March 22, 2019

Elizabeth Ulan (3L) delivered the third Student Scholars Series lecture of the semester on March 20. Ulan's scholarship, "The DreamHost Freedom: The Right to Redact," discussed a Superior Court Judge's ruling surrounding DreamHost Inc.

Ulan explained on July 12, 2017, a Superior Court Judge in the District of Columbia issued a search warrant directing DreamHost Inc. to provide the government with information pertaining to the website

"The U.S. government claimed this website was used to organize a riot during the presidential inauguration on January 20, 2017, in D.C. Three months later, the judge issued his final order directing DreamHost to examine their data and react sensitive information before complying with the warrant," she said.

Ulan stated that the judge's ruling to allow DreamHost to select which information to submit raises concerns for the government's autonomy. She proposed that with technological advancements, restrictions on Fourth Amendment searches and seizures online must be established for the government to work effectively while also protecting individuals' rights.

Adjunct CUA Law Professor Daniel M. Zachmen served as the respondent for Ulan's lecture. Zachem is a 1980 graduate of George Washington University with a degree in political science and a 1985 graduate of the Columbus School of Law, Catholic University of America. Following graduation from law school, Zachem clerked at both the District of Columbia Court of Appeals and the United States Court of Appeals for the District of Columbia Circuit.. Zachem worked for 22 years as an Assistant United States Attorney in Washington, D.C. The last ten years of Zachem's career at the Office of the United States Attorney was spent as a supervisor in the Homicide Section.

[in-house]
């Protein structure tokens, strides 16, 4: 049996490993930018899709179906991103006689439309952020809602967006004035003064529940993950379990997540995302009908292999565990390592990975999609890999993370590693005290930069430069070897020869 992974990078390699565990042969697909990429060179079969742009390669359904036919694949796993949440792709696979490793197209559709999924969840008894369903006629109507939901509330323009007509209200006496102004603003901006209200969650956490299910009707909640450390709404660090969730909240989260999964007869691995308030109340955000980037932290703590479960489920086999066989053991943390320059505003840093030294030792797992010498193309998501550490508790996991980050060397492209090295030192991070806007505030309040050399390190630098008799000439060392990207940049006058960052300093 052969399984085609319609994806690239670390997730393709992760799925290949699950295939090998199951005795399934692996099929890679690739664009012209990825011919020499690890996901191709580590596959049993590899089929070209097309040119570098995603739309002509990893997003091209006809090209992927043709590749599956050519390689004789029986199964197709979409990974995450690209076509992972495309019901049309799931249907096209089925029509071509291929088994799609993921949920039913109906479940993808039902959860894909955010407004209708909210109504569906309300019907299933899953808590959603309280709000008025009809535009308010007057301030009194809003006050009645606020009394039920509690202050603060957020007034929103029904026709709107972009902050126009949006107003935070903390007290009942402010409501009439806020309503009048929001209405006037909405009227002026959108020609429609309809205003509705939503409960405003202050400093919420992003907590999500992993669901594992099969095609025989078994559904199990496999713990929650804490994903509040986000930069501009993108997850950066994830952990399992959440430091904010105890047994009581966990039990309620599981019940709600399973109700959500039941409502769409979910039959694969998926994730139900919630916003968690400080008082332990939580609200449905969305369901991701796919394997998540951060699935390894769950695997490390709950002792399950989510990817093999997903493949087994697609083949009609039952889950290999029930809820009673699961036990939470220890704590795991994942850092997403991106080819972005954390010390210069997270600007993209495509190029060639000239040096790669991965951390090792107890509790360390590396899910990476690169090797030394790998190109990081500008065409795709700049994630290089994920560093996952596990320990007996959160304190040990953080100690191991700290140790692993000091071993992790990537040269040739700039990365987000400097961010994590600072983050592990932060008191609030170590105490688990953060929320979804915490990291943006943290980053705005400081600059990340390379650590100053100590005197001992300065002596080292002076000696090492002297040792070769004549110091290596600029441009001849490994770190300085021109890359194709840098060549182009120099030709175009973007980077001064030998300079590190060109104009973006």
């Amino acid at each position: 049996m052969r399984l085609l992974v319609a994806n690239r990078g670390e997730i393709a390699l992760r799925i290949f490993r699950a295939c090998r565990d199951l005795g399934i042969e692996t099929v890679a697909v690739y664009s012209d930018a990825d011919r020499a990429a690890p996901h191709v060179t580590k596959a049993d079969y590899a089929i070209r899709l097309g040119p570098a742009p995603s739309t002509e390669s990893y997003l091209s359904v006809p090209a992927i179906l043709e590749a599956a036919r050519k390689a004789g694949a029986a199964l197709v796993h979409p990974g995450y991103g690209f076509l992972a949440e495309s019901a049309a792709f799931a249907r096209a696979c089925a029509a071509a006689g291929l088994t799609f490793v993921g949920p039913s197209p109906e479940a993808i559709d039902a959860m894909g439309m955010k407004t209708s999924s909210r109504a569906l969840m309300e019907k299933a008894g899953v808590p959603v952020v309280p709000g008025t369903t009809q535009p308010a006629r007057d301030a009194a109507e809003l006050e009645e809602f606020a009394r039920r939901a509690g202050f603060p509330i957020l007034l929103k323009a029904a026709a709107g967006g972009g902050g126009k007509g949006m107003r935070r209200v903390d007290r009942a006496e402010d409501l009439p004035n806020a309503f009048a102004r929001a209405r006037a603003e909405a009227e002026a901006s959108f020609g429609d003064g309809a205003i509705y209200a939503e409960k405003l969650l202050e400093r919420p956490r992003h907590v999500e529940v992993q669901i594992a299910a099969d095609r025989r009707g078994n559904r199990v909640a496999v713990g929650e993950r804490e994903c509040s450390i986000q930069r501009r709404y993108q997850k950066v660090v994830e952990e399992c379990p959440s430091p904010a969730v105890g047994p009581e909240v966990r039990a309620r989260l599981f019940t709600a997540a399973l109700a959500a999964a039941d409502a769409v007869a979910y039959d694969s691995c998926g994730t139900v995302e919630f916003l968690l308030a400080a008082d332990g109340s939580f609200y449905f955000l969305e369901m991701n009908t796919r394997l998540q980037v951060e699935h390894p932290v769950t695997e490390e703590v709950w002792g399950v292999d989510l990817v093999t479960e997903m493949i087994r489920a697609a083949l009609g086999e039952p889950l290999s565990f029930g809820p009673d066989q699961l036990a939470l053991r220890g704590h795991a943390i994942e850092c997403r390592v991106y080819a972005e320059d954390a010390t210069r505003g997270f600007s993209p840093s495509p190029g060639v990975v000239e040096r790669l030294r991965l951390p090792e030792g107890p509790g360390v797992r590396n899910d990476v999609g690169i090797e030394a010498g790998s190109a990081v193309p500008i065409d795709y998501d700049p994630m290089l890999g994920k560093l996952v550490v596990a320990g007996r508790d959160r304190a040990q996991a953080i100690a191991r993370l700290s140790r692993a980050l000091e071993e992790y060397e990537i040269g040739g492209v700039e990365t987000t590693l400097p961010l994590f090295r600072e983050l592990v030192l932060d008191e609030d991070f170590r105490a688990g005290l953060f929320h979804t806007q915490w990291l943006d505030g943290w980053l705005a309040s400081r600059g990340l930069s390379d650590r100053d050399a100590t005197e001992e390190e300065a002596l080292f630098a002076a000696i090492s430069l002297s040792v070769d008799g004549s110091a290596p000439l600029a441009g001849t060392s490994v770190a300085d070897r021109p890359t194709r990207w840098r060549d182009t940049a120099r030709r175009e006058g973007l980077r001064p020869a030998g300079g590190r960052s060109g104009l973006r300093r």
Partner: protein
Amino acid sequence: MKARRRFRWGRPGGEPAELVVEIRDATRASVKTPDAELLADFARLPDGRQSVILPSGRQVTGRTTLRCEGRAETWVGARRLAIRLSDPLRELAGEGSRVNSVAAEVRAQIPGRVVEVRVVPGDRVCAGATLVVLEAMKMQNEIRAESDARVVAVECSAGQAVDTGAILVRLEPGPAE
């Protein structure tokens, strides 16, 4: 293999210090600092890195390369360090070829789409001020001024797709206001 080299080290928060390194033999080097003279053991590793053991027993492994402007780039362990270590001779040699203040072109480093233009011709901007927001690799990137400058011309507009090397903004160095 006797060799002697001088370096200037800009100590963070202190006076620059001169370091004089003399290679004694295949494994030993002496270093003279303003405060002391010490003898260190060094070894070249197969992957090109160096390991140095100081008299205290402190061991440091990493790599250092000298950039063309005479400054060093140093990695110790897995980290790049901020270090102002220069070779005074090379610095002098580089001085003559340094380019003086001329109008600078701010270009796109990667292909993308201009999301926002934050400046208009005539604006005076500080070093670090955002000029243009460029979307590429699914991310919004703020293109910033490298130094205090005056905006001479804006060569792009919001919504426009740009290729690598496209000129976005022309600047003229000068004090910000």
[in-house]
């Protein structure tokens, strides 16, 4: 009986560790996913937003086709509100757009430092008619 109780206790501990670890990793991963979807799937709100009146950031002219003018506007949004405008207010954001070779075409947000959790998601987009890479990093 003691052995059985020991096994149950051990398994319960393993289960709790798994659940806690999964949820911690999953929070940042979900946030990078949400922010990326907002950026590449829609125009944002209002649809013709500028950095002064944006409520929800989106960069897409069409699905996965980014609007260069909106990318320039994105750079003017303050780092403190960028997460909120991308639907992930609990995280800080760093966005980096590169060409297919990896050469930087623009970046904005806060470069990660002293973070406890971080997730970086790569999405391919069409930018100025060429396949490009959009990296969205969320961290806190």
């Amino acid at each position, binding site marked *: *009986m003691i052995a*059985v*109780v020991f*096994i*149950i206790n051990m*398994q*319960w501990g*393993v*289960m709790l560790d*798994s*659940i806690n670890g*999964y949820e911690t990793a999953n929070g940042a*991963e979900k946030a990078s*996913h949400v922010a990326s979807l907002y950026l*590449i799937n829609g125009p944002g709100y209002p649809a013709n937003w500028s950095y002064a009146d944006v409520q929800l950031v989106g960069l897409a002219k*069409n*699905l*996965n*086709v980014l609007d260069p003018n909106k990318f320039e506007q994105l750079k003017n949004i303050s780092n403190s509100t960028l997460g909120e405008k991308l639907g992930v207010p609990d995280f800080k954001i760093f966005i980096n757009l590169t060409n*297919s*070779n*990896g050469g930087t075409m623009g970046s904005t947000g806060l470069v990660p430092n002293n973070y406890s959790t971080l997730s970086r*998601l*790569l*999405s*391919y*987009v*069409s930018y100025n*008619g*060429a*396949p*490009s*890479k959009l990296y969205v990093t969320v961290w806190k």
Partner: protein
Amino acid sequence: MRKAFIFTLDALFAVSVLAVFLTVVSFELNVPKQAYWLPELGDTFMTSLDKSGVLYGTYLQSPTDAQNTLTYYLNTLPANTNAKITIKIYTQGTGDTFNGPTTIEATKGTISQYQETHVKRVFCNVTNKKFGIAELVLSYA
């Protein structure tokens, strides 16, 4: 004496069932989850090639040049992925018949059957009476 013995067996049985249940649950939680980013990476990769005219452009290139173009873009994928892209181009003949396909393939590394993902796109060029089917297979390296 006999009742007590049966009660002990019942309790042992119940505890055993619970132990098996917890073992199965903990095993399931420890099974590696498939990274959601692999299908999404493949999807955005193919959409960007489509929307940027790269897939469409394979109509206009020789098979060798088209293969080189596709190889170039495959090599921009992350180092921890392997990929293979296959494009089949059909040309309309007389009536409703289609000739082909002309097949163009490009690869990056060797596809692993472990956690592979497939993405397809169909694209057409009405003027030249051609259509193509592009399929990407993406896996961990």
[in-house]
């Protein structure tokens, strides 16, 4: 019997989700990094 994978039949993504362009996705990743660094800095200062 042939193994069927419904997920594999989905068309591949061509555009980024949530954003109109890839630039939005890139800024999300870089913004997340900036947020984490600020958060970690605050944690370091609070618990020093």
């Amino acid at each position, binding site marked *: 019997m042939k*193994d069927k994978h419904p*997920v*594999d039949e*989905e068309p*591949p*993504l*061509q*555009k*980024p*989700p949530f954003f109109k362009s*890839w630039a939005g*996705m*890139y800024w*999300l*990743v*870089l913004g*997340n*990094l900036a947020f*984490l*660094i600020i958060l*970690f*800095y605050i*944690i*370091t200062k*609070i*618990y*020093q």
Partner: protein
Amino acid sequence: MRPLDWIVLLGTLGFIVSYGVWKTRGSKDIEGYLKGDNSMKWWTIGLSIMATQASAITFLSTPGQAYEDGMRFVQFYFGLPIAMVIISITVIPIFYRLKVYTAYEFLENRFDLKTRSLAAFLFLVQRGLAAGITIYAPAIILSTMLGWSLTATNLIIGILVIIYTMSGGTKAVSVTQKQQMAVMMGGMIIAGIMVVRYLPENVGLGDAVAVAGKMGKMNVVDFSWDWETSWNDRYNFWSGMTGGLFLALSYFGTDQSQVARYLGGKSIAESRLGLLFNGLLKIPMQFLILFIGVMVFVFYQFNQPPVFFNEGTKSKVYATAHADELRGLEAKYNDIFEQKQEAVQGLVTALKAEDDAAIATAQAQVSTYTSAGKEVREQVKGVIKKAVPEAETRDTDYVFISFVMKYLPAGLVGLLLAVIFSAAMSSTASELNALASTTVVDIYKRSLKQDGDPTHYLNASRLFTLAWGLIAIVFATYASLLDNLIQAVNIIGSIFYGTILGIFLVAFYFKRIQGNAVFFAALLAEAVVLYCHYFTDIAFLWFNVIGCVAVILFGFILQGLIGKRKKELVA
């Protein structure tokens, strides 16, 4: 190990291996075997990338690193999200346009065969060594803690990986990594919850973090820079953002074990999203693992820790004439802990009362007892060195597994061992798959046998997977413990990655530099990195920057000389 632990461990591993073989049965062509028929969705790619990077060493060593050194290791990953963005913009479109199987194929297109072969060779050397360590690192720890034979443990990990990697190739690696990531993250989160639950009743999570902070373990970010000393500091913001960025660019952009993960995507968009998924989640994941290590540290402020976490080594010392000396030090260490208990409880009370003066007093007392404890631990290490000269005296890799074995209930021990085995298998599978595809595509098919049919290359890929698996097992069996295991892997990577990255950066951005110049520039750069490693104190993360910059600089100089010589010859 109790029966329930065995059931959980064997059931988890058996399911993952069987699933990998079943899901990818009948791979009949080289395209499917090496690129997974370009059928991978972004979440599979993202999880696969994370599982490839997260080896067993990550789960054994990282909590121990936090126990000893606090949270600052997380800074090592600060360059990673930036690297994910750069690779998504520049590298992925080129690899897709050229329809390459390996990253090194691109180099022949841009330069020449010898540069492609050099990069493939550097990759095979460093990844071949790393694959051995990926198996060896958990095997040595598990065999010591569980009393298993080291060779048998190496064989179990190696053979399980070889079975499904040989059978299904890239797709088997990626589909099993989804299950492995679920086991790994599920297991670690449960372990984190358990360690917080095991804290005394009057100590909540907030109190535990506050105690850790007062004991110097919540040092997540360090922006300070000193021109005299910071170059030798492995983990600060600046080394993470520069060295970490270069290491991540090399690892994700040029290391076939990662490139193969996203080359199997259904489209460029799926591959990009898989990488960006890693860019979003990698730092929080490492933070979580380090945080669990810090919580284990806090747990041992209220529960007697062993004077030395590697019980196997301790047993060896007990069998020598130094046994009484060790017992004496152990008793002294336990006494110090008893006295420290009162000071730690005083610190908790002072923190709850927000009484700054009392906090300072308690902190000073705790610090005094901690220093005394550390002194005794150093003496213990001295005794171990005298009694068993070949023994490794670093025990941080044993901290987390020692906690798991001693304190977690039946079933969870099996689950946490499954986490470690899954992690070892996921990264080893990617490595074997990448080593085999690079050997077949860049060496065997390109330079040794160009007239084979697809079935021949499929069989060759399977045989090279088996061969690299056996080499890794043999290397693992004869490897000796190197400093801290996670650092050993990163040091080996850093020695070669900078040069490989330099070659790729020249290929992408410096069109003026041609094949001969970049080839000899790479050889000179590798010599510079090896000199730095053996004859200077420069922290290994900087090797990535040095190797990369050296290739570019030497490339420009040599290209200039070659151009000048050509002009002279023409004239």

After the lecture, Ulan and Zachmen took questions from the audience, and students had the opportunity to engage in conversations with faculty and guests.

The Student Scholar Series was founded by CUA Law Professor Harmon in 2009. It was established in order to recognize notable legal scholarship produced by students during the academic year and to foster the practical skills associated with presenting and defending that scholarship in a professional conference-style setting.